Here's an aerial photo of the park, taken before the hurricane:

 

The hurricane hit on September 7th, 2019.  Here's another aerial photo, taken after the hurricane:

Damage within the park was extensive.  The park staff did an excellent job of cleaning up the mess, but the open spaces then invited some restoration work.

In 2020, we discussed our desire to assist with this work, and the park staff were very happy to accommodate.  The park foresters estimated that approximately fifteen acres (six hectares) of the core camping area within the park had been hit the hardest, with lesser damages elsewhere.  We decided that this project would be approached in multiple phases.  We would plant several thousand trees in the fall of 2020, and follow that up with a second larger phase of planting in the fall of 2021.


We commenced our work that fall (2020), initially funded by public donations.  We certainly got off to a good start that year, planting almost five thousand seedlings.  However, we knew that more trees still needed to be added, and the project really began to have a major impact in 2021 with the support of the Trees For Life organization.  The support that we received from them funded the planting of 9,458 more trees in 2021!!

The following graphic shows approximately where new seedlings have been added so far.  Some of the seedlings were planted in open areas where trees were lost to the hurricane, and others were scattered as an underplant under various sections of existing partial canopy:

 

Our species mix to date for this project has included a total of ten species.  We've planted four types of conifers (red spruce, eastern white pine, eastern larch, and a handful of black spruce seedlings).  We've also planted six species of deciduous hardwoods to date (white birch, yellow birch, sugar maple, red maple, mountain ash, and red oak).  When we return in 2022, we hope to have a few additional hardwood species that were not available to us in 2020 or 2021.  Our plan is to sprinkle those trees throughout the already-planted areas, to enhance the diversity.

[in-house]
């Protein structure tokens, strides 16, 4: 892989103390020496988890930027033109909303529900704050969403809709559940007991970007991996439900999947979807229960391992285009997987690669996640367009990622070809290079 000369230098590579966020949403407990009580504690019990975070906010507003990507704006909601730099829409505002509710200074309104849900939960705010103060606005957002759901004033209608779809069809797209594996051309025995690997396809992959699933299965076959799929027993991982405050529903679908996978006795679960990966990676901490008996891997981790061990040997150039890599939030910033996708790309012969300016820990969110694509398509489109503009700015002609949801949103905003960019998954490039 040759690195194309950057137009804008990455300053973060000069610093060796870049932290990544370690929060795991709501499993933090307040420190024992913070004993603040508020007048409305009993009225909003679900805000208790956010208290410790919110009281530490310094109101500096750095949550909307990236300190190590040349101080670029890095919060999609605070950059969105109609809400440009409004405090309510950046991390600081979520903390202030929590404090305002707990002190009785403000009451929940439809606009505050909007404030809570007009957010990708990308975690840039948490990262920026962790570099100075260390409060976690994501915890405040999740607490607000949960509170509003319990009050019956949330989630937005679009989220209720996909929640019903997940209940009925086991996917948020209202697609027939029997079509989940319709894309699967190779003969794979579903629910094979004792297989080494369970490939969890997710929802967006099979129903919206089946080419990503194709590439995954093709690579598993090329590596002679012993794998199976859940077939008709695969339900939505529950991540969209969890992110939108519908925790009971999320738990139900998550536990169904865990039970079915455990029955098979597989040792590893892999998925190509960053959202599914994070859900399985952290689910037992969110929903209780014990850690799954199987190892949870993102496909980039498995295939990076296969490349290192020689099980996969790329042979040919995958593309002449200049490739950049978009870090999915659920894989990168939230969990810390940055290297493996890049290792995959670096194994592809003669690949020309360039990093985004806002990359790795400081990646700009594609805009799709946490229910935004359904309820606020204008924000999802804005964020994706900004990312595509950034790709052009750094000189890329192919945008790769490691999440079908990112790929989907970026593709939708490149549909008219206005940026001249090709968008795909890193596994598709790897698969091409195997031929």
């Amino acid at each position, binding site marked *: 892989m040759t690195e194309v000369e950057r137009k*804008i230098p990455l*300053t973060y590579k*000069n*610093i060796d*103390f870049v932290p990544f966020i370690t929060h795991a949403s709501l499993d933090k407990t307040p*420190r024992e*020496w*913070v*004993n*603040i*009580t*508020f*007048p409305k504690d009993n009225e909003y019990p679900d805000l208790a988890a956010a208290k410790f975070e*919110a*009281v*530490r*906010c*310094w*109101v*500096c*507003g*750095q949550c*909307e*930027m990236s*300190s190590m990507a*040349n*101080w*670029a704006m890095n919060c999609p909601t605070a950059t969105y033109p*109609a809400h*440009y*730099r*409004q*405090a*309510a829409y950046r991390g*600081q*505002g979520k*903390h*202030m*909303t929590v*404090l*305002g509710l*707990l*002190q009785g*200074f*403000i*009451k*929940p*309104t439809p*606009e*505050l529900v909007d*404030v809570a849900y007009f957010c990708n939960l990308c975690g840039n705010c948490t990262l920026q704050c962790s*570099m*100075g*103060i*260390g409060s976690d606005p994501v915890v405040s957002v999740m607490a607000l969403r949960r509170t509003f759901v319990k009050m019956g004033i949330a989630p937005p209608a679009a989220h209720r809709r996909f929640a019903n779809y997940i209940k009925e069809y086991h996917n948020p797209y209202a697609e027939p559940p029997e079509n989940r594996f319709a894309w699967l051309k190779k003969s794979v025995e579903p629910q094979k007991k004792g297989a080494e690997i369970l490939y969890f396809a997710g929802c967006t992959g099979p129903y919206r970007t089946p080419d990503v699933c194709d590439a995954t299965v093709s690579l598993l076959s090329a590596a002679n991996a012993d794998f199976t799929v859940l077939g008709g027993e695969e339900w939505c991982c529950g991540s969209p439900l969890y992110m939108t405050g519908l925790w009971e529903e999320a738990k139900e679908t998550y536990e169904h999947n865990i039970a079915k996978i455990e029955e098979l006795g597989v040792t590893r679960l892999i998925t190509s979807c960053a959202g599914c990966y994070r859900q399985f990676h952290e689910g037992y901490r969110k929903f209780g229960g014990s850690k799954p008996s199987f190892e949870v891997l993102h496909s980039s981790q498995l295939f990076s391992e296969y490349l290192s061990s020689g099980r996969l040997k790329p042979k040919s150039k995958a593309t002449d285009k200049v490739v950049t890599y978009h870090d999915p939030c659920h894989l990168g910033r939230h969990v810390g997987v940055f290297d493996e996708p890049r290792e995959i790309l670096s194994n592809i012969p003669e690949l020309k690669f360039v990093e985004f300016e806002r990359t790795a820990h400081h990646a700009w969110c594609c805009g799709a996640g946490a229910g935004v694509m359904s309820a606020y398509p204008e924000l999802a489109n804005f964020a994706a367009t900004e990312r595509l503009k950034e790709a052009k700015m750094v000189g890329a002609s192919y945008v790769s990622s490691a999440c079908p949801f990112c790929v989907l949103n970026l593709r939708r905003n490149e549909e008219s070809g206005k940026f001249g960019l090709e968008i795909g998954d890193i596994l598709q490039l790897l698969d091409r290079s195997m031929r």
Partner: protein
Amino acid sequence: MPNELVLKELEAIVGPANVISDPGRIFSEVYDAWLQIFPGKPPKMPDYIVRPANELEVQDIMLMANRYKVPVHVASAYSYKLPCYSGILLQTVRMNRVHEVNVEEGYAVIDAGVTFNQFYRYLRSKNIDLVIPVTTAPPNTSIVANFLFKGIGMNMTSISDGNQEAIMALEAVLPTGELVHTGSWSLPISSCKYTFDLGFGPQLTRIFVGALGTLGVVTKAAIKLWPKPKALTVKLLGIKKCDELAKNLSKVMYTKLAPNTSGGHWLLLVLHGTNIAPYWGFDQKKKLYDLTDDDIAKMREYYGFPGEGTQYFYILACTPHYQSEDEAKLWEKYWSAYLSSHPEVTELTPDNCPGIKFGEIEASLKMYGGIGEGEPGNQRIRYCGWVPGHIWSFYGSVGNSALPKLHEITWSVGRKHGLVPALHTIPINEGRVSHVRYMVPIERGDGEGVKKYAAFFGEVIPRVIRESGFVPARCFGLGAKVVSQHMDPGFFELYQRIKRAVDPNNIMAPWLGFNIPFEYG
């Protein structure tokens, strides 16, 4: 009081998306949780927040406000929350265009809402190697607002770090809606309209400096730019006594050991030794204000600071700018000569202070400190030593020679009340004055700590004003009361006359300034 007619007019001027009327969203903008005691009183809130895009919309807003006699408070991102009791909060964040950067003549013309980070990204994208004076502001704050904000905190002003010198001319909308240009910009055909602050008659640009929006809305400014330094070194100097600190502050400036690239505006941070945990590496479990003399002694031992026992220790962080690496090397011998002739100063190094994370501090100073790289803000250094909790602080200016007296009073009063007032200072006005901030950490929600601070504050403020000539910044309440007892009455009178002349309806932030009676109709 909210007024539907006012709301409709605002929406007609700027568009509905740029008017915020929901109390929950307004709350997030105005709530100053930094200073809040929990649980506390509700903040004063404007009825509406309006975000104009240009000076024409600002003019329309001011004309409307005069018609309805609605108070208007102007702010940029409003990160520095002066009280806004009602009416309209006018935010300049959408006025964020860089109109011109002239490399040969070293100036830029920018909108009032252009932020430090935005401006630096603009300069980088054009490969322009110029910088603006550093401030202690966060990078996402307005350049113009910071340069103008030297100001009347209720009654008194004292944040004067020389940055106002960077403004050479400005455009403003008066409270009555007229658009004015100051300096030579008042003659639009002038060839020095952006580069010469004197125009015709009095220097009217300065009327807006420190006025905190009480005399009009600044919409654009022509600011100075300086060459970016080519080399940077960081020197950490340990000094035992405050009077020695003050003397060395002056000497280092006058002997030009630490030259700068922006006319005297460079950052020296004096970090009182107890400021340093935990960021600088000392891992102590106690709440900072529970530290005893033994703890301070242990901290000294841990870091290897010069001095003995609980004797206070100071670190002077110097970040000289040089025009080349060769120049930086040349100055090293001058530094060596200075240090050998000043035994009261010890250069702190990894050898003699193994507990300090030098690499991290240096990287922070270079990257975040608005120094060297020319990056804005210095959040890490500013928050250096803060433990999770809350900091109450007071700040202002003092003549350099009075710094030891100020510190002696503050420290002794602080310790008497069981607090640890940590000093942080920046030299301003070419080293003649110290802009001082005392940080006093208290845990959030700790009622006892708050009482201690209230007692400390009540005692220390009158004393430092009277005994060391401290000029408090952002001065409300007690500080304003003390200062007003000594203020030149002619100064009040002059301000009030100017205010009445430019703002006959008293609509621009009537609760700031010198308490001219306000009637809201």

Here's are a few photos from our work at Caribou in 2021:

 

 

  



 


The second phase of planting on this project went very smoothly.  We're looking forward to returning next year to wrap up the final phase of the restoration work.  The project is getting close to completion now, and the addition of a few more hardwood species will finish this project in 2022.

You can see more photos of our 2021 tree planting work in our public 2021 Planting Photos folder on Dropbox.

We'd like to thank the staff at the Nova Scotia Department of Lands and Forestry for helping organize this project, and again to the Trees For Life organization for making this work possible.

You can see more photos of our 2021 tree planting work in our public 2021 Planting Photos folder on Dropbox.

 

If you'd like to learn more about Caribou-Munroes Island Provincial Park, visit their website:

parks.novascotia.ca/park/caribou-munroes-island


Thanks for reading!